Hiding from the world the minute seasonal allergies begin is not very practical. Preventative and reactive allergy medications can make all the difference.

For the lucky ones, seasonal allergies are something they never have to worry about.

For those less fortunate, seasonal allergies are something to dread and have to deal with like clockwork each year.

If you’re in the second camp, here are some tips to help make seasonal allergies more bearable.

What are seasonal allergies?

Also known as hay fever or allergic rhinitis, these allergies cause inflammation of the nose and eyes, resulting in sneezing, a runny, itchy and blocked nose, as well as itchy and watery eyes.

There are two main ways you can treat the symptoms of seasonal allergies: preventative and reactive medications.

Preventative medications for seasonal allergies

These are medications that you can start taking when you expect to experience allergies, but before you start showing symptoms.

The main way to prevent suffering from allergies is by taking a daily antihistamine during the season (or seasons) when you usually encounter symptoms. This medication helps to prevent the effects of histamines, the chemicals released by your body when it has an allergic reaction, therefore reducing (and hopefully eliminating) your allergy symptoms.

Antihistamines are divided into two groups, first- and second-generation.

First-generation antihistamines are typically more powerful, but can come with sedative side effects that make you feel drowsy. They can also have other side effects, such as a dry mouth.

Second-generation antihistamines are a little less powerful, but won’t make you drowsy, and have fewer and less noticeable side effects.

Reactive medications for seasonal allergies

Seasonal allergies can sneak up on you, giving you no option but to treat the symptoms with reactive medications once you already have them. Note that you can also still take antihistamines, it just may take a few hours to feel their effects.

Reactive medications for allergies are decongestants, which focus on allergy symptoms such as the watering eyes, stuffy nose, and sneezing. They work by narrowing your blood vessels, which decreases the amount of fluid that makes its way into the lining of your nose.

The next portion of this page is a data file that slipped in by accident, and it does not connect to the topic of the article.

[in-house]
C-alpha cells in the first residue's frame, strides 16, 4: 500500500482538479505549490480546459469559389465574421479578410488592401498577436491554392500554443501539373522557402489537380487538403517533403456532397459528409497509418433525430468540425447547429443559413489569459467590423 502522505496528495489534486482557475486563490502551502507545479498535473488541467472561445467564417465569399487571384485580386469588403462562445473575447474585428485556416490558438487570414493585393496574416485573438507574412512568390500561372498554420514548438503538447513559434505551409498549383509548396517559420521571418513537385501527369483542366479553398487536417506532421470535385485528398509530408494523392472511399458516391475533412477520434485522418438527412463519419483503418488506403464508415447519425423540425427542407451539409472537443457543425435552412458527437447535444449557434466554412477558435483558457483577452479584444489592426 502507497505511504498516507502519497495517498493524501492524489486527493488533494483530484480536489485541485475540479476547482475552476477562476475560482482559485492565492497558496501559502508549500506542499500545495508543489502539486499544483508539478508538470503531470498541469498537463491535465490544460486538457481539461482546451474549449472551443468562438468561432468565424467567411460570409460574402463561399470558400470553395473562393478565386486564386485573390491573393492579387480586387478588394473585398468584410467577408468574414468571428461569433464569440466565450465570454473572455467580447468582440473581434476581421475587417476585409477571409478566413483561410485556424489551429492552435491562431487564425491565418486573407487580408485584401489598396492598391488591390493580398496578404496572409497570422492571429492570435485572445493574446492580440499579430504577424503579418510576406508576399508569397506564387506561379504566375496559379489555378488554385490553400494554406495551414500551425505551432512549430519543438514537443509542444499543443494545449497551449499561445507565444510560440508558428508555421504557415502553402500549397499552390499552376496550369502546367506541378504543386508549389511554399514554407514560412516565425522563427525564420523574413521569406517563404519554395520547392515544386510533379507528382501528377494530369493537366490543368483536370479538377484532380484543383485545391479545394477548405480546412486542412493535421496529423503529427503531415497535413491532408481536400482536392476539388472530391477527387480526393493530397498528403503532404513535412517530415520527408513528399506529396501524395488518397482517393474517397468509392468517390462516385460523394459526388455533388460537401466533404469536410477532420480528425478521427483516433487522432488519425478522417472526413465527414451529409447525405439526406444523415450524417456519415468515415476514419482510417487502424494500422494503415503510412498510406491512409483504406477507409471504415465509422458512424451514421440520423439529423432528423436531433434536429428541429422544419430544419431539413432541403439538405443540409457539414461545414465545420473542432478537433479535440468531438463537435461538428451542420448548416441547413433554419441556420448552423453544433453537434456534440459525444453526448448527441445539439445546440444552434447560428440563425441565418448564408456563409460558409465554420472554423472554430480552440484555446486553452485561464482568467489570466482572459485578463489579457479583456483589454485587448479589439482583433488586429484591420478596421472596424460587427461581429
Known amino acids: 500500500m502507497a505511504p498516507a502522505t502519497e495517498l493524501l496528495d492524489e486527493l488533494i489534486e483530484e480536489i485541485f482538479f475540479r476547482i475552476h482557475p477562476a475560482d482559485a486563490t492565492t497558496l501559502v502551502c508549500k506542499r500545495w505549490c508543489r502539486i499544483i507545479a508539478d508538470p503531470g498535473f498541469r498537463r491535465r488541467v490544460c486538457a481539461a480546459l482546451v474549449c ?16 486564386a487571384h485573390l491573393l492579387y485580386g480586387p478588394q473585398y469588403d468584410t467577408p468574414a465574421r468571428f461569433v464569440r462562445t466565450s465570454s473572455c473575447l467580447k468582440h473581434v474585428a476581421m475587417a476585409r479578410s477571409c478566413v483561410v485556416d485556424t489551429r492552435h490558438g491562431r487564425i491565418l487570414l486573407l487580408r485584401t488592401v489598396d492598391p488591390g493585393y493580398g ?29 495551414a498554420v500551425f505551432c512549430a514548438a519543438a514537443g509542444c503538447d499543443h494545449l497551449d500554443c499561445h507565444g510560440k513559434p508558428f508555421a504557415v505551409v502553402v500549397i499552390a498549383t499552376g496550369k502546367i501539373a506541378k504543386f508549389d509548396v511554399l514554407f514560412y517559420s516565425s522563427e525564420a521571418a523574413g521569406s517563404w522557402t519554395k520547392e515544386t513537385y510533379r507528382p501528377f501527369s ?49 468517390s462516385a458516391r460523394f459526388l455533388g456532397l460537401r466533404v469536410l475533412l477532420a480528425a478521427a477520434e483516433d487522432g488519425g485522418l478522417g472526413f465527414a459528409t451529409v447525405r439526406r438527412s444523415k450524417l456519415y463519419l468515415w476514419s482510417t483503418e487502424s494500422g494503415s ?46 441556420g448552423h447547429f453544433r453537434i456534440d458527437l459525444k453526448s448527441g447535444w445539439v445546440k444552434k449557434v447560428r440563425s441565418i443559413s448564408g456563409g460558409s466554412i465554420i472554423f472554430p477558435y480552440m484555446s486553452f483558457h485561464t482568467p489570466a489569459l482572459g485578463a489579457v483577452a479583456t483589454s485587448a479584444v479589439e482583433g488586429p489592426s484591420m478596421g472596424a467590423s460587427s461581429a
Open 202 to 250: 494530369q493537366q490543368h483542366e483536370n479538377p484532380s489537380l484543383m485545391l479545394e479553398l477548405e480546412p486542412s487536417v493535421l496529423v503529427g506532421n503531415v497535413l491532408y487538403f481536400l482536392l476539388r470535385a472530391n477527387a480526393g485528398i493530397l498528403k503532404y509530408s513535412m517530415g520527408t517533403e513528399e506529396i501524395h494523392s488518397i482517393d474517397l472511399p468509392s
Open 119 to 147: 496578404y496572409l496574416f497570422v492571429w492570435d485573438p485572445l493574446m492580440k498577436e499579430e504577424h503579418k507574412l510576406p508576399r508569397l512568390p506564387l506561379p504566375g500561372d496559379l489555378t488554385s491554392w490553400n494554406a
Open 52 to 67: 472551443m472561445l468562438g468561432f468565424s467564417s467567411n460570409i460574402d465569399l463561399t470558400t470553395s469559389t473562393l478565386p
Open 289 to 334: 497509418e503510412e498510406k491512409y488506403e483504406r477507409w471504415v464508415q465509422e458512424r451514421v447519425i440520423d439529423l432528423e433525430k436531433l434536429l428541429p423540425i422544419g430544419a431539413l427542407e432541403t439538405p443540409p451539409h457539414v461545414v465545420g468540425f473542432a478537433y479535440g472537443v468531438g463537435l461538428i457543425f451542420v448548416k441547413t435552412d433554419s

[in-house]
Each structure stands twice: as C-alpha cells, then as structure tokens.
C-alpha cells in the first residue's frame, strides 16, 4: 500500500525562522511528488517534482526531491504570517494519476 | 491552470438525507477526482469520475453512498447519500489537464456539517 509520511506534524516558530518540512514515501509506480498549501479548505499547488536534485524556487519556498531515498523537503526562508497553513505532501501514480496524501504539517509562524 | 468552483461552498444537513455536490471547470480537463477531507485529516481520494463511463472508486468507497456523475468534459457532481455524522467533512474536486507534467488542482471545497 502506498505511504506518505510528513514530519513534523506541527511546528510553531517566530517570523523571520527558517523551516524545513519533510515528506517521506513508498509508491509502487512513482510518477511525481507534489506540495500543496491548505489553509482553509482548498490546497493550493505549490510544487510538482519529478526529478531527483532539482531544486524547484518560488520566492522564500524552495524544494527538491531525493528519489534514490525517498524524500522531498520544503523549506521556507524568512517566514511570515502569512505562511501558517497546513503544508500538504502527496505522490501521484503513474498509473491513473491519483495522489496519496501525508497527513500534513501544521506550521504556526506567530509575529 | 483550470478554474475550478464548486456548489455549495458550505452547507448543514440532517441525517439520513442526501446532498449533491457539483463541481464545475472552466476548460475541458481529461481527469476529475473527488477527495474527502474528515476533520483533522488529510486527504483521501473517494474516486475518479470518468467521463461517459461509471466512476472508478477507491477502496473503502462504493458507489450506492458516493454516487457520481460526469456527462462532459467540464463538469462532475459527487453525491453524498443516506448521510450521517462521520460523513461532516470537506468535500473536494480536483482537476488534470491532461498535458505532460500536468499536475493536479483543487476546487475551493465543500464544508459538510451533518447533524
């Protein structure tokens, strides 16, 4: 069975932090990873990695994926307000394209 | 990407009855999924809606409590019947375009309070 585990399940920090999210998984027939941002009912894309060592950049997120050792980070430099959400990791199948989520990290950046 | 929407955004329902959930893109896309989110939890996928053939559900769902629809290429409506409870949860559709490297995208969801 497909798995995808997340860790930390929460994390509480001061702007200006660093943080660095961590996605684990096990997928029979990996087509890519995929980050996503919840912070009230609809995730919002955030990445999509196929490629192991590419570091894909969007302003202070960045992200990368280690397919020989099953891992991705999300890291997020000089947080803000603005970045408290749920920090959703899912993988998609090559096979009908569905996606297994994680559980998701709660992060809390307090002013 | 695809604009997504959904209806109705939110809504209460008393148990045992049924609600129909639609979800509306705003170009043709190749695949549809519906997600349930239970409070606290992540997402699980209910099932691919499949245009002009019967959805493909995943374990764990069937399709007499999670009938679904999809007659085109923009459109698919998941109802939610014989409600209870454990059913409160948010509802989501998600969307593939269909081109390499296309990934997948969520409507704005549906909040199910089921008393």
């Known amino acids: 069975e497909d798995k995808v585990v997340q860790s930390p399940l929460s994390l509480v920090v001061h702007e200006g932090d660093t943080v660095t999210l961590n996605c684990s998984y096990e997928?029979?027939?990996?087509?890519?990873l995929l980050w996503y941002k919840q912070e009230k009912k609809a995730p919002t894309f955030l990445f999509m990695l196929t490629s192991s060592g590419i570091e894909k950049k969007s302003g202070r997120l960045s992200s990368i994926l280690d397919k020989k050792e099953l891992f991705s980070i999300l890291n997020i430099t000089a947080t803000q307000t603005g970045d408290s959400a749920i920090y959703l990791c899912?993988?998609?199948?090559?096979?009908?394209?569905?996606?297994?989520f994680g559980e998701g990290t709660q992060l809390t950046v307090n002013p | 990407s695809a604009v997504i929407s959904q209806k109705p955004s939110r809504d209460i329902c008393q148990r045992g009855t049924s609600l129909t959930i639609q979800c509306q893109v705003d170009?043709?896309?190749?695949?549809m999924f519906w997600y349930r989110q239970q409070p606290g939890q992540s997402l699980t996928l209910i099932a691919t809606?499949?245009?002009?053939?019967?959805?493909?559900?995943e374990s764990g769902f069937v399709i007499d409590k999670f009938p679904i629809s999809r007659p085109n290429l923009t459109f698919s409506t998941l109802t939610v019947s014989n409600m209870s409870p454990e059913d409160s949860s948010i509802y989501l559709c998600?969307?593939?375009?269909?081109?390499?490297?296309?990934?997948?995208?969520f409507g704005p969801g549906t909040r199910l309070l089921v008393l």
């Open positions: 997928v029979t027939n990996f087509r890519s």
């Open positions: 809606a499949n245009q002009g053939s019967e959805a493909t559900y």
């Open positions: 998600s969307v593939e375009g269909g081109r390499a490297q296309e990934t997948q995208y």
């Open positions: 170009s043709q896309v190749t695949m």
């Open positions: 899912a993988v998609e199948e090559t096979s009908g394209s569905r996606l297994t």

Another popular treatment option is that of nasal sprays such as BecloClear and Steroclear. Also known as steroid nasal sprays or corticosteroid nasal sprays, these medicines are designed to reduce the inflammation and swelling in the nose caused by allergies. Lower-strength sprays are available over the counter at pharmacies, but high-strength options are available via prescription.

Keep in mind, it can take a few days for a nasal spray to take effect, so it can help to use a decongestant and/or antihistamine in the meantime.

If you struggle with red, watery, and itchy eyes when experiencing allergies, eye drops such as Cromo-Fresh can help to avoid and treat unwelcome symptoms, and keep your eyes clear and comfortable.

One of the best treatment options for seasonal allergies is to combine both the preventative and reactive medicines for a powerful and effective relief from symptoms. Combined medications fuse antihistamines with decongestants to offer the benefits of both in a single pill.

One option is to use a combination of antihistamines to prevent and treat allergies, as well as a decongestant to help clear up symptoms. This is the thinking and the science behind Maxiclear Cold & Nasal Relief, which combines a non-drowsy antihistamine with an effective decongestant, so you can go about your day as if you were one of those lucky ones who doesn’t have to think about the seasons at all.

While staying indoors during the pollen season and taking all the precautions in the world are one option, preventative and reactive medications are often a little more realistic than hiding from the world each year. As always, chat to your doctor about the best option for you before starting on any medications.

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Disclamer: This content is for informational purposes only and should not substitute advice from your healthcare professional. If symptoms persist or you require specialist advice, please consult your healthcare professional.



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